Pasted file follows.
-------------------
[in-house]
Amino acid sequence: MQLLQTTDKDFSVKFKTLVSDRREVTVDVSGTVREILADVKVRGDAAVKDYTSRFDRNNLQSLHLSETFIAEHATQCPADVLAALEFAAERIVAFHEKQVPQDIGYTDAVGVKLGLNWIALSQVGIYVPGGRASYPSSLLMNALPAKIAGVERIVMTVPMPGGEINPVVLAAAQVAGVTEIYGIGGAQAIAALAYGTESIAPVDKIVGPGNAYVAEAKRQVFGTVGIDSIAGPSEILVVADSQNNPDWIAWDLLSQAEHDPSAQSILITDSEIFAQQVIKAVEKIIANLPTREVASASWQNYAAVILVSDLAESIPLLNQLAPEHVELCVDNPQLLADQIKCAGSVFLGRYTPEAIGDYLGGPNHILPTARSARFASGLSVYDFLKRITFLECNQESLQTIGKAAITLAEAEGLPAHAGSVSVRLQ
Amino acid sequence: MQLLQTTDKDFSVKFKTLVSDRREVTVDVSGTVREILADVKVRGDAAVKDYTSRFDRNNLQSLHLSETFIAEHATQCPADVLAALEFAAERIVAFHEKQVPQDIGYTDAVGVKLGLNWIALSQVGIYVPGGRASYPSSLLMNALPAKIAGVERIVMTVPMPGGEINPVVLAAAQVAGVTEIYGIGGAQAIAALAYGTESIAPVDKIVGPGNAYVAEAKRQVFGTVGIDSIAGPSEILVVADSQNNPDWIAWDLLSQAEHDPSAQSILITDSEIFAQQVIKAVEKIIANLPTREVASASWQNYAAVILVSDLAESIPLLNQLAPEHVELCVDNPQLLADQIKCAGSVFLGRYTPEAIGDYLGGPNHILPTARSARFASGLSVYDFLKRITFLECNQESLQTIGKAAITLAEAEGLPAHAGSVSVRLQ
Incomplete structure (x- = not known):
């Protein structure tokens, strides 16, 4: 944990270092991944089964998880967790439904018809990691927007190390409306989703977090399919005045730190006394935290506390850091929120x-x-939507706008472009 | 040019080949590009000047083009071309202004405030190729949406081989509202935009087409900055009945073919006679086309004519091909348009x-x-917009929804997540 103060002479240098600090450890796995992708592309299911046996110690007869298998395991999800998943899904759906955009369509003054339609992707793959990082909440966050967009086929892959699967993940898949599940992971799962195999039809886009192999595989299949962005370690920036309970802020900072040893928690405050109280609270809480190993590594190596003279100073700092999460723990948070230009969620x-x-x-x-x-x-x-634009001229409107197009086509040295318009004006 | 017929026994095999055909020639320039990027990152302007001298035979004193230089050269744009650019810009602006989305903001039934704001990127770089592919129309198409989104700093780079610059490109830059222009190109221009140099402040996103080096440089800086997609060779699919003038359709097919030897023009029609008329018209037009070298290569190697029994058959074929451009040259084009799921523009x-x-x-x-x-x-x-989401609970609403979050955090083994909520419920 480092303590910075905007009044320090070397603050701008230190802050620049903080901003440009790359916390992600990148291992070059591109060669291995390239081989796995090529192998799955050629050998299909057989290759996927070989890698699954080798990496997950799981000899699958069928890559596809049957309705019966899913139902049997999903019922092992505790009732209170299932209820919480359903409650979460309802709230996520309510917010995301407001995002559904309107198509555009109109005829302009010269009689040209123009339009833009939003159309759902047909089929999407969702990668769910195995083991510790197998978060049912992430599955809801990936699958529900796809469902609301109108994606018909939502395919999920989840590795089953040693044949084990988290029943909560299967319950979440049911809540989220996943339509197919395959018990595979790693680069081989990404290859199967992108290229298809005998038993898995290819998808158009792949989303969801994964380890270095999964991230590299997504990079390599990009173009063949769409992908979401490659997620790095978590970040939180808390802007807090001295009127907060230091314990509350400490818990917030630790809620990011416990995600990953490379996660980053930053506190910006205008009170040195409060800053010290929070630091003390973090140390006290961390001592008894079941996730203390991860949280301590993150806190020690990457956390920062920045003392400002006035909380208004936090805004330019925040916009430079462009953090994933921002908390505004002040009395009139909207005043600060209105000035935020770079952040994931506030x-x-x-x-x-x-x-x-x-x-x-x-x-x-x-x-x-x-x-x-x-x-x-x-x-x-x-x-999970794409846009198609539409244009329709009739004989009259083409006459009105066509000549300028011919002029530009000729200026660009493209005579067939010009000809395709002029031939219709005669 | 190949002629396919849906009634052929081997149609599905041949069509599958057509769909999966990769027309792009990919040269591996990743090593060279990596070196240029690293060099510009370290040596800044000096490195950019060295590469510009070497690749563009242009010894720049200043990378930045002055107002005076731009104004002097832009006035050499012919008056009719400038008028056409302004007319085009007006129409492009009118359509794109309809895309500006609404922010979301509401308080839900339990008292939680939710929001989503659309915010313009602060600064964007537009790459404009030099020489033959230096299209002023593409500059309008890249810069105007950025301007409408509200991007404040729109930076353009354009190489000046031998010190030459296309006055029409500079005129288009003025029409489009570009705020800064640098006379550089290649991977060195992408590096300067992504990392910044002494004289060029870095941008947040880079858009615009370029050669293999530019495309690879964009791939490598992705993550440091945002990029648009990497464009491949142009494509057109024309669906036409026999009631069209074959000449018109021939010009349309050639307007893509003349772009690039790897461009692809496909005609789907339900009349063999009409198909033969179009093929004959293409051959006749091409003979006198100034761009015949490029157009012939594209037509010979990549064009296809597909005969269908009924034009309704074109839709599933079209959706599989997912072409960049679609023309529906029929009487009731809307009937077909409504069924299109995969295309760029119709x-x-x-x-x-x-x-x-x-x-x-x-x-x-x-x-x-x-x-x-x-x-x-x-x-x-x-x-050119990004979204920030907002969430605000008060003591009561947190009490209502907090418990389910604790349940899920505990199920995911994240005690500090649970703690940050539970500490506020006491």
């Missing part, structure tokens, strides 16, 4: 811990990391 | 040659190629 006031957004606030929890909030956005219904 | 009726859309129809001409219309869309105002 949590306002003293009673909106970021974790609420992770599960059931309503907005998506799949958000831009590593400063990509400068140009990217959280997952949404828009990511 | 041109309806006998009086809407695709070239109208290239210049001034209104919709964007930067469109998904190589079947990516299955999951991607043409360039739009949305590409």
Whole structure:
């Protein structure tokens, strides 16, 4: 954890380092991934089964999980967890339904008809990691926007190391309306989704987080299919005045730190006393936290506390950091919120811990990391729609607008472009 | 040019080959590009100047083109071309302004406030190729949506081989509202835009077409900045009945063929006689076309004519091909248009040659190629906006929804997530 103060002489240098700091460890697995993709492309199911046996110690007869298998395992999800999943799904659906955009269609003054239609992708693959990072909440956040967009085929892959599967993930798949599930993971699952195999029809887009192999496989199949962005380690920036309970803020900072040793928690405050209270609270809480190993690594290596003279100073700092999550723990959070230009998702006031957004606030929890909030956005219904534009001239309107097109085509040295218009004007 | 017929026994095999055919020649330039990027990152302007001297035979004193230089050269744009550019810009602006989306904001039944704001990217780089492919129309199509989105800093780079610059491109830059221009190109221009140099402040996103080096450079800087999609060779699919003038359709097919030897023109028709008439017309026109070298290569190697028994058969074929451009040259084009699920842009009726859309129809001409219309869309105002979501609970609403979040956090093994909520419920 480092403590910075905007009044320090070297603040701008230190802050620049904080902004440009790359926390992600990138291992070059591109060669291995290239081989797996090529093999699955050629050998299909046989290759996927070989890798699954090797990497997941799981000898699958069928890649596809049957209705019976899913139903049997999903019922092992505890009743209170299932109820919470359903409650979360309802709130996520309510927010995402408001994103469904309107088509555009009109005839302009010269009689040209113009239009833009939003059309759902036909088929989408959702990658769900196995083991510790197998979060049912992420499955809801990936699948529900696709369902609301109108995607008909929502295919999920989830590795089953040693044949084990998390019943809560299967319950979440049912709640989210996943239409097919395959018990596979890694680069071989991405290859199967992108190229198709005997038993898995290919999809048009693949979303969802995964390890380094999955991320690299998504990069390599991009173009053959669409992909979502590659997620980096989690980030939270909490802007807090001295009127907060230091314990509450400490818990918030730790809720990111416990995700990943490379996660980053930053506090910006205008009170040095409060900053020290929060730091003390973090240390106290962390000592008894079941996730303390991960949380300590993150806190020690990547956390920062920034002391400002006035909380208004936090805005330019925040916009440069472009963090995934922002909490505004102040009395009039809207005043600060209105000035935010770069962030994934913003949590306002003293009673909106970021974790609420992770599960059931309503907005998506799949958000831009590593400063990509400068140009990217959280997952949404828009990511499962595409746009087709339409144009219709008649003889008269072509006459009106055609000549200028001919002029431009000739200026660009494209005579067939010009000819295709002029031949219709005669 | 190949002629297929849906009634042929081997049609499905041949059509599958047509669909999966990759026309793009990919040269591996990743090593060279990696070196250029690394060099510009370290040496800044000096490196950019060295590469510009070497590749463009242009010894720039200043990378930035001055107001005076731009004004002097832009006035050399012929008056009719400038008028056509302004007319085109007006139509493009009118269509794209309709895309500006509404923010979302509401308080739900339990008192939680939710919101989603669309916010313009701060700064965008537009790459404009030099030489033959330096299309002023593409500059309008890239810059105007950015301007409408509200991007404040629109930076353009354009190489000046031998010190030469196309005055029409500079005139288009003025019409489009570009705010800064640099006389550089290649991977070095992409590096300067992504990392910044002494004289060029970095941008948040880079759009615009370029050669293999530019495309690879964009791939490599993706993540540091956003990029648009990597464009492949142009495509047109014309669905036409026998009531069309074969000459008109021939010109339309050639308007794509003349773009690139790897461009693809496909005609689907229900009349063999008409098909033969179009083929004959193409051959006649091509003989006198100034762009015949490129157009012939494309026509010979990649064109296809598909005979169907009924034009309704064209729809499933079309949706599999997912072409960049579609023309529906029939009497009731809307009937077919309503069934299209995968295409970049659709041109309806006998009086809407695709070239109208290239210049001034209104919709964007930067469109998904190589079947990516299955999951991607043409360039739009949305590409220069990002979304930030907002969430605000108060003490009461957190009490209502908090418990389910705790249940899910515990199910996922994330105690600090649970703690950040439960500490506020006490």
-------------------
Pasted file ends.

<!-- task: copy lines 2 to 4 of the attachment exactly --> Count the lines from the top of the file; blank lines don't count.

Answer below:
Amino acid sequence: MQLLQTTDKDFSVKFKTLVSDRREVTVDVSGTVREILADVKVRGDAAVKDYTSRFDRNNLQSLHLSETFIAEHATQCPADVLAALEFAAERIVAFHEKQVPQDIGYTDAVGVKLGLNWIALSQVGIYVPGGRASYPSSLLMNALPAKIAGVERIVMTVPMPGGEINPVVLAAAQVAGVTEIYGIGGAQAIAALAYGTESIAPVDKIVGPGNAYVAEAKRQVFGTVGIDSIAGPSEILVVADSQNNPDWIAWDLLSQAEHDPSAQSILITDSEIFAQQVIKAVEKIIANLPTREVASASWQNYAAVILVSDLAESIPLLNQLAPEHVELCVDNPQLLADQIKCAGSVFLGRYTPEAIGDYLGGPNHILPTARSARFASGLSVYDFLKRITFLECNQESLQTIGKAAITLAEAEGLPAHAGSVSVRLQ
Amino acid sequence: MQLLQTTDKDFSVKFKTLVSDRREVTVDVSGTVREILADVKVRGDAAVKDYTSRFDRNNLQSLHLSETFIAEHATQCPADVLAALEFAAERIVAFHEKQVPQDIGYTDAVGVKLGLNWIALSQVGIYVPGGRASYPSSLLMNALPAKIAGVERIVMTVPMPGGEINPVVLAAAQVAGVTEIYGIGGAQAIAALAYGTESIAPVDKIVGPGNAYVAEAKRQVFGTVGIDSIAGPSEILVVADSQNNPDWIAWDLLSQAEHDPSAQSILITDSEIFAQQVIKAVEKIIANLPTREVASASWQNYAAVILVSDLAESIPLLNQLAPEHVELCVDNPQLLADQIKCAGSVFLGRYTPEAIGDYLGGPNHILPTARSARFASGLSVYDFLKRITFLECNQESLQTIGKAAITLAEAEGLPAHAGSVSVRLQ
Incomplete structure (x- = not known):